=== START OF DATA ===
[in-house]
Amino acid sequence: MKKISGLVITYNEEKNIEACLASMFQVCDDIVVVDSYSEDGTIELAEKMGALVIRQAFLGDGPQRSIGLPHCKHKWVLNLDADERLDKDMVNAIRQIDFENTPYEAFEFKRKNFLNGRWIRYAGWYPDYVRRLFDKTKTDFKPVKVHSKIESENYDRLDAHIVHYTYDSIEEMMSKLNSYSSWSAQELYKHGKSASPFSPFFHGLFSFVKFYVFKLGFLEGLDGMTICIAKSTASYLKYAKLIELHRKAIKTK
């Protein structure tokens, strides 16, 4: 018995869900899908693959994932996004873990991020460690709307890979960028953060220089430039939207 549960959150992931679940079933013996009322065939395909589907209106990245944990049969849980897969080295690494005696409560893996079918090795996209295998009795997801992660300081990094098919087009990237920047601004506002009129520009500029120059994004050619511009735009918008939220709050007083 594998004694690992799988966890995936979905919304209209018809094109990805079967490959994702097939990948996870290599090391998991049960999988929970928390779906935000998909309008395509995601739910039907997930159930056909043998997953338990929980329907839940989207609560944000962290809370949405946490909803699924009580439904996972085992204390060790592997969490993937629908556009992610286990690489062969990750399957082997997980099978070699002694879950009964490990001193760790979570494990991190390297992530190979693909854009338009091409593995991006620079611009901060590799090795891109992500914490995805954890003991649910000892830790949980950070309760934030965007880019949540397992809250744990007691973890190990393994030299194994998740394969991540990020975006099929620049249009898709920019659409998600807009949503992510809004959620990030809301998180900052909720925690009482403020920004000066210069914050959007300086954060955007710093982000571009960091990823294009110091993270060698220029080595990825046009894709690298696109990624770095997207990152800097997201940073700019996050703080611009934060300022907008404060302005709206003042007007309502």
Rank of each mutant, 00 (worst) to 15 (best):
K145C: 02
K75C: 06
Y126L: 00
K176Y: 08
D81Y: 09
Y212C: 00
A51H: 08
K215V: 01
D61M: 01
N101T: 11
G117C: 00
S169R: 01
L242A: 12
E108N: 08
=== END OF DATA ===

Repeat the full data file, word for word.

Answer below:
[in-house]
Amino acid sequence: MKKISGLVITYNEEKNIEACLASMFQVCDDIVVVDSYSEDGTIELAEKMGALVIRQAFLGDGPQRSIGLPHCKHKWVLNLDADERLDKDMVNAIRQIDFENTPYEAFEFKRKNFLNGRWIRYAGWYPDYVRRLFDKTKTDFKPVKVHSKIESENYDRLDAHIVHYTYDSIEEMMSKLNSYSSWSAQELYKHGKSASPFSPFFHGLFSFVKFYVFKLGFLEGLDGMTICIAKSTASYLKYAKLIELHRKAIKTK
């Protein structure tokens, strides 16, 4: 018995869900899908693959994932996004873990991020460690709307890979960028953060220089430039939207 549960959150992931679940079933013996009322065939395909589907209106990245944990049969849980897969080295690494005696409560893996079918090795996209295998009795997801992660300081990094098919087009990237920047601004506002009129520009500029120059994004050619511009735009918008939220709050007083 594998004694690992799988966890995936979905919304209209018809094109990805079967490959994702097939990948996870290599090391998991049960999988929970928390779906935000998909309008395509995601739910039907997930159930056909043998997953338990929980329907839940989207609560944000962290809370949405946490909803699924009580439904996972085992204390060790592997969490993937629908556009992610286990690489062969990750399957082997997980099978070699002694879950009964490990001193760790979570494990991190390297992530190979693909854009338009091409593995991006620079611009901060590799090795891109992500914490995805954890003991649910000892830790949980950070309760934030965007880019949540397992809250744990007691973890190990393994030299194994998740394969991540990020975006099929620049249009898709920019659409998600807009949503992510809004959620990030809301998180900052909720925690009482403020920004000066210069914050959007300086954060955007710093982000571009960091990823294009110091993270060698220029080595990825046009894709690298696109990624770095997207990152800097997201940073700019996050703080611009934060300022907008404060302005709206003042007007309502």
Rank of each mutant, 00 (worst) to 15 (best):
K145C: 02
K75C: 06
Y126L: 00
K176Y: 08
D81Y: 09
Y212C: 00
A51H: 08
K215V: 01
D61M: 01
N101T: 11
G117C: 00
S169R: 01
L242A: 12
E108N: 08